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Am J Physiol Gastrointest Liver Physiol. 2007 Jun;292(6):G1622-9. Epub 2007 Mar 8.

Corticosteroid receptor-mediated mechanisms in the amygdala regulate anxiety and colonic sensitivity.

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VA Medical Center Research Administration Rm. 151, 921 NE 13St., Oklahoma City, OK 73104, USA.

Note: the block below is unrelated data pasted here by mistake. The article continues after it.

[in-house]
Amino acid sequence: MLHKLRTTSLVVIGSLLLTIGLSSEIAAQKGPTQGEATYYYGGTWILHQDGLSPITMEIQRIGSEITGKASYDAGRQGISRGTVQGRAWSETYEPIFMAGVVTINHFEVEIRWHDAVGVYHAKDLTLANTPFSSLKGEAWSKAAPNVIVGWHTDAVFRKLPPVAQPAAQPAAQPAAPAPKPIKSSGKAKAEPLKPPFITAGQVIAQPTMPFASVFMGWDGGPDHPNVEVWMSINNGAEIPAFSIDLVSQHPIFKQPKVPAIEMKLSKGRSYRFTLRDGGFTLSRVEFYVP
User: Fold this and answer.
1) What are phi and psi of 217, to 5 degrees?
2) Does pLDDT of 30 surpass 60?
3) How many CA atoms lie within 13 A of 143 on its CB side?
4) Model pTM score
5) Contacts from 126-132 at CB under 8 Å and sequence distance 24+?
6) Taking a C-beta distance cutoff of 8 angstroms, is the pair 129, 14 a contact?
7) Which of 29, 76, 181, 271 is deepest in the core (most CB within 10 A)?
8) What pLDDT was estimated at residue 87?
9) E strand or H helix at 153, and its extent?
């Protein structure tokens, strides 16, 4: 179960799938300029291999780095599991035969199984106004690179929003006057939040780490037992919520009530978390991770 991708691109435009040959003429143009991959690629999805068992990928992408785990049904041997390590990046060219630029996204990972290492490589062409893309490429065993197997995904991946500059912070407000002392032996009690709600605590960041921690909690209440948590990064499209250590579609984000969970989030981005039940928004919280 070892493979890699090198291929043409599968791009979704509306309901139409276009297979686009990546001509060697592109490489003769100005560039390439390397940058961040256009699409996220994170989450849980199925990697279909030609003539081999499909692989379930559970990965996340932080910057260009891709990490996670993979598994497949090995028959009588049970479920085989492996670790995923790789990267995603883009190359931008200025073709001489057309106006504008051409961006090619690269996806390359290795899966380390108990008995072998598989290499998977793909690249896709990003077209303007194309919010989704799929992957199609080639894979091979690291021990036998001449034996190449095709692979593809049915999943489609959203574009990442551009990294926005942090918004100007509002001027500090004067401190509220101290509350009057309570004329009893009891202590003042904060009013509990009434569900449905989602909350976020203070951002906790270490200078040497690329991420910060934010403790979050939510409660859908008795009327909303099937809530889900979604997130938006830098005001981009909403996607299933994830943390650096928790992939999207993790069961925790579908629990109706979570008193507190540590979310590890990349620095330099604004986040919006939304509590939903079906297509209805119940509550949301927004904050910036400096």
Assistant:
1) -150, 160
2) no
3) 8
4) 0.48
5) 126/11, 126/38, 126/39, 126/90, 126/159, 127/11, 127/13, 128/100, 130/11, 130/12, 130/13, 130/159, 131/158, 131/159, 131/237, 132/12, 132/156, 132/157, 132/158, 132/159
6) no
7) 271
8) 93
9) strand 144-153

Our previous studies have shown that stereotaxic implantation of corticosterone (Cort) onto the central amygdaloid nucleus increases both anxiety and colonic sensitivity. The goal of this study was to examine the relative importance of amygdaloid glucocorticoid (GR) and mineralocorticoid receptor (MR)-mediated mechanisms in the induction of anxiety and colonic hypersensitivity. In male Fischer 344 rats, Cort or cholesterol micropellets were stereotaxically implanted bilaterally at the dorsal boundary of the central amygdaloid nucleus either alone or in combination with a GR antagonist, mifepristone, or a MR antagonist, spironolactone. Anxiety was assessed on the elevated plus maze and quantified as the percentage of time spent in open arm exploration. Colonic sensitivity was measured by recording a visceromotor response, the number of abdominal muscle contractions in response to colorectal distension. In Cort-implanted rats there was a significant reduction in the percentage of time spent in the open arms of the elevated plus maze compared with cholesterol controls, indicating increased anxiety. Furthermore, colonic hypersensitivity was observed in response to colorectal distension compared with rats with cholesterol implants. In rats with Cort implants combined with either a GR or MR antagonist, there was a significant inhibition of anxiety and colonic hypersensitivity. Our data suggest that both GR and MR play a critical role in Cort-induced anxiety and colonic hypersensitivity.

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